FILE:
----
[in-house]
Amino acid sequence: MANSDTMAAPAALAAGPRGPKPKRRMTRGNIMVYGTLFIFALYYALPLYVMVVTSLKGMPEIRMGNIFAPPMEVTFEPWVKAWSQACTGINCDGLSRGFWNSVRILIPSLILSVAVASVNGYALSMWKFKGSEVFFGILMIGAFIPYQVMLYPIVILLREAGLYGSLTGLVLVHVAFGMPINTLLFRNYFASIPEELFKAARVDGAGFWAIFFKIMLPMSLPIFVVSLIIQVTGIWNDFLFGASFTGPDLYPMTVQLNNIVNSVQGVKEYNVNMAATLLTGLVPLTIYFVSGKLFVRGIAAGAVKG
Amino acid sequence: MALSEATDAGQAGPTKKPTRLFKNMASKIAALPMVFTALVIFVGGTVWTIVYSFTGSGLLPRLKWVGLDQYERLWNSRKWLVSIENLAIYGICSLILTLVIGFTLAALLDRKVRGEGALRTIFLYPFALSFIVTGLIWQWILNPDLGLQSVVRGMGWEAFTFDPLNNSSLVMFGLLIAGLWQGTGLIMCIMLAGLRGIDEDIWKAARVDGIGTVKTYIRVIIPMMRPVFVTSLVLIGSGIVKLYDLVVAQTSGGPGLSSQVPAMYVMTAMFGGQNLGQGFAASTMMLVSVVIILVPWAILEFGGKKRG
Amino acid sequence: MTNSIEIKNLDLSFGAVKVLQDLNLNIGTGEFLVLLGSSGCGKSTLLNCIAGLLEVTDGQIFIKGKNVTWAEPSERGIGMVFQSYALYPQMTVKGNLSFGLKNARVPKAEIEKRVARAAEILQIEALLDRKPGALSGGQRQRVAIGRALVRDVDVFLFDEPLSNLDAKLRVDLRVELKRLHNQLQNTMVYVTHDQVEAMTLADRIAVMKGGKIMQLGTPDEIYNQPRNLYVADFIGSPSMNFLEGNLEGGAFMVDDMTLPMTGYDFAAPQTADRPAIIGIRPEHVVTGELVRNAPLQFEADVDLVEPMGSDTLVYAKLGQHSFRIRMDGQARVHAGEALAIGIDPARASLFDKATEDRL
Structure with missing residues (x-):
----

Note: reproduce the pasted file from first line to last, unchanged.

[in-house]
Amino acid sequence: MANSDTMAAPAALAAGPRGPKPKRRMTRGNIMVYGTLFIFALYYALPLYVMVVTSLKGMPEIRMGNIFAPPMEVTFEPWVKAWSQACTGINCDGLSRGFWNSVRILIPSLILSVAVASVNGYALSMWKFKGSEVFFGILMIGAFIPYQVMLYPIVILLREAGLYGSLTGLVLVHVAFGMPINTLLFRNYFASIPEELFKAARVDGAGFWAIFFKIMLPMSLPIFVVSLIIQVTGIWNDFLFGASFTGPDLYPMTVQLNNIVNSVQGVKEYNVNMAATLLTGLVPLTIYFVSGKLFVRGIAAGAVKG
Amino acid sequence: MALSEATDAGQAGPTKKPTRLFKNMASKIAALPMVFTALVIFVGGTVWTIVYSFTGSGLLPRLKWVGLDQYERLWNSRKWLVSIENLAIYGICSLILTLVIGFTLAALLDRKVRGEGALRTIFLYPFALSFIVTGLIWQWILNPDLGLQSVVRGMGWEAFTFDPLNNSSLVMFGLLIAGLWQGTGLIMCIMLAGLRGIDEDIWKAARVDGIGTVKTYIRVIIPMMRPVFVTSLVLIGSGIVKLYDLVVAQTSGGPGLSSQVPAMYVMTAMFGGQNLGQGFAASTMMLVSVVIILVPWAILEFGGKKRG
Amino acid sequence: MTNSIEIKNLDLSFGAVKVLQDLNLNIGTGEFLVLLGSSGCGKSTLLNCIAGLLEVTDGQIFIKGKNVTWAEPSERGIGMVFQSYALYPQMTVKGNLSFGLKNARVPKAEIEKRVARAAEILQIEALLDRKPGALSGGQRQRVAIGRALVRDVDVFLFDEPLSNLDAKLRVDLRVELKRLHNQLQNTMVYVTHDQVEAMTLADRIAVMKGGKIMQLGTPDEIYNQPRNLYVADFIGSPSMNFLEGNLEGGAFMVDDMTLPMTGYDFAAPQTADRPAIIGIRPEHVVTGELVRNAPLQFEADVDLVEPMGSDTLVYAKLGQHSFRIRMDGQARVHAGEALAIGIDPARASLFDKATEDRL
Structure with missing residues (x-):